Last night my friend, Brian drew my attention to the case of a blind student who was ejected from Tesco’s supermarket for bringing her working guide dog into the store, (http://www.theguardian.com/education/2014/oct/17/blind-student-banned-from-tesco-for-taking-in-guide-dog). Under the UK Disability Discrimination Act (now subsumed into the Equalities Act) assistance dogs (including guide dogs) are allowed to enter premises selling or serving food and it is an offense to refuse entry. Tesco and those employees who threw this lady out of the store where therefore guilty of breeching the legislation. To compound matters the dog was wearing it’s distinctive high visibility harness thereby clearly marking it as a working animal.
Initially Tesco offered the lady a £20 voucher. However following the BBC picking up on the story Tesco has, I understand agreed to pay £5000 to the Guide Dogs For The Blind Association (The UK charity which trains guide dogs). The supermarket has also said that it will “remind” staff of their duty to admit assistance dogs.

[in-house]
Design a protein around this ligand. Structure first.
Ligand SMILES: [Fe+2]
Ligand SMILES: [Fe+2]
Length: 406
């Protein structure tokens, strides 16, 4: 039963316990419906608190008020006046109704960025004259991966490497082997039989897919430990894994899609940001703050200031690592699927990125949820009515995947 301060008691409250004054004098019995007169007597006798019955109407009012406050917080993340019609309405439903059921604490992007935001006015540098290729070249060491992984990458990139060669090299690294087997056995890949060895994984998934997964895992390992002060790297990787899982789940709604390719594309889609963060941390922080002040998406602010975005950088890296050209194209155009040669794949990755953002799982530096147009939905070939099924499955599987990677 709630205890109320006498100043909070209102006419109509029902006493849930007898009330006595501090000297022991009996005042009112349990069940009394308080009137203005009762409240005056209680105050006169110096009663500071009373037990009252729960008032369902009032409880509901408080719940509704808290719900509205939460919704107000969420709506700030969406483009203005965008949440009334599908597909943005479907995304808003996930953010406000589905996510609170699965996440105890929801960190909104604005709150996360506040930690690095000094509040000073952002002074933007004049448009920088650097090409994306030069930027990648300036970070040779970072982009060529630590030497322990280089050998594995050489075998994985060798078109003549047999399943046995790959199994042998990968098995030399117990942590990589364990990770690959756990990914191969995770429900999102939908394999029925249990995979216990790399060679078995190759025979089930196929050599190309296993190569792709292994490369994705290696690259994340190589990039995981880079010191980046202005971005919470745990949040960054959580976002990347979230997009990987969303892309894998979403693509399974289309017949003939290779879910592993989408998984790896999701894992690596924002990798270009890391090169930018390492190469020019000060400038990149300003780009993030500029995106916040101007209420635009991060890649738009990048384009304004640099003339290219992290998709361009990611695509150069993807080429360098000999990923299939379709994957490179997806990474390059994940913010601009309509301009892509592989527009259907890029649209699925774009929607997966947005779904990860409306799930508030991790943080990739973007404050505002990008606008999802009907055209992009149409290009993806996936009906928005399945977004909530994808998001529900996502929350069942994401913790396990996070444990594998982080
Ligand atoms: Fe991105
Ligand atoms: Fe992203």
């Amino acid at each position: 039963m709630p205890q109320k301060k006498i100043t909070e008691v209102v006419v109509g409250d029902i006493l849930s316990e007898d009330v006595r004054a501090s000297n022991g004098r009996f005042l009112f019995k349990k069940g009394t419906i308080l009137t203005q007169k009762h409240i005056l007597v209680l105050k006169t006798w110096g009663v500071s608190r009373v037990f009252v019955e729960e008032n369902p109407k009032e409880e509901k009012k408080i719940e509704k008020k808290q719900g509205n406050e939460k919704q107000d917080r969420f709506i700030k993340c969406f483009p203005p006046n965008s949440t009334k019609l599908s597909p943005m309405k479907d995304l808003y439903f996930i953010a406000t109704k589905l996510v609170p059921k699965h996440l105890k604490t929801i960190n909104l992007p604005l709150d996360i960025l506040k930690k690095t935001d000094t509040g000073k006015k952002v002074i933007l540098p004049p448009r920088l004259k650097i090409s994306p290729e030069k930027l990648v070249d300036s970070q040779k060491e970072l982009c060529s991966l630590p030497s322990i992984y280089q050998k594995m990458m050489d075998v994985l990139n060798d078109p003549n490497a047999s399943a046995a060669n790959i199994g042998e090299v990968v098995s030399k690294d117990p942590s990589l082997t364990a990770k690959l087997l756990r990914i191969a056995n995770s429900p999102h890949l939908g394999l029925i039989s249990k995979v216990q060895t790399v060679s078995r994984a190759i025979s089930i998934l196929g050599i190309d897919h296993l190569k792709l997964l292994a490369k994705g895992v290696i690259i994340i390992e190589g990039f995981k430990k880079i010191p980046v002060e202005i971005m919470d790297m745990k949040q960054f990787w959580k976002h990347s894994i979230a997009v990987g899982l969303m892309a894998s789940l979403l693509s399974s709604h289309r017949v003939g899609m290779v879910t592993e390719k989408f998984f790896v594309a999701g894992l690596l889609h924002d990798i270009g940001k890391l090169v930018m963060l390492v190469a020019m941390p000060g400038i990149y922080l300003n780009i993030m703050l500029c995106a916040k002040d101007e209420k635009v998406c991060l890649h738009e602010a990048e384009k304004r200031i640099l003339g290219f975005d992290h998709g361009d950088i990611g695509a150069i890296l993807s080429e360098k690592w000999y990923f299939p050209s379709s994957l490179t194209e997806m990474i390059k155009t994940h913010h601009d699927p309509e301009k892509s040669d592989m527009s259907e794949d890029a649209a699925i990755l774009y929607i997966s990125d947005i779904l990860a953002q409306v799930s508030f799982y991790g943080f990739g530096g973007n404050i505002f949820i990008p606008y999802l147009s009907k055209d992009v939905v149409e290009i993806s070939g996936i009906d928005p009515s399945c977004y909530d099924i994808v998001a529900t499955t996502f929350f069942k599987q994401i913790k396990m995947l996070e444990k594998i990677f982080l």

As a blind guide dog owner I am afraid that this incident does not surprise me. On several occasions I have been refused service in restaurants when accompanied by my guide dogs (my current dog is called Trigger). I have, however had 3 previous dogs: Nixon, Zeff and Drew all of whom have been wonderful companions and have provided essential assistance in finding my way around London together with other cities.
In most instances the issue of my guide dog has been resolved amicably by me politely explaining the law and producing a letter from the RNIB which furnishes a brief description of the legislation as it relates to blind people (including their working guide dogs). Unfortunately, in a few instances I have had to invoke the threat of legal action which has proved effective in ensuring the future admittance of my guide dog and I.
It is incredible that a huge multinational like Tesco can not provide adequate training to it’s employees regarding their duty not to discriminate under the Equalities Act. Despite the company’s assurance that they will “remind” their employees of their duty to admit working guide dogs I feel in my water that incidents such as this will continue to happen.
Tesco is not the only company guilty of such actions. Many other organisations have (and continue to practice) discrimination against disabled people.
Ironically I visited my local Tesco (it’s about a 30 minute walk from my home) on Friday and had no problems in gaining admittance with my guide dog, Trigger. Indeed the staff where extremely helpful and I was escorted round the store as I can not shop independently due to my poor vision.
I hope that Tesco and other similar organisations get their act together. However, as I say above I fear that articles like this will continue to appear.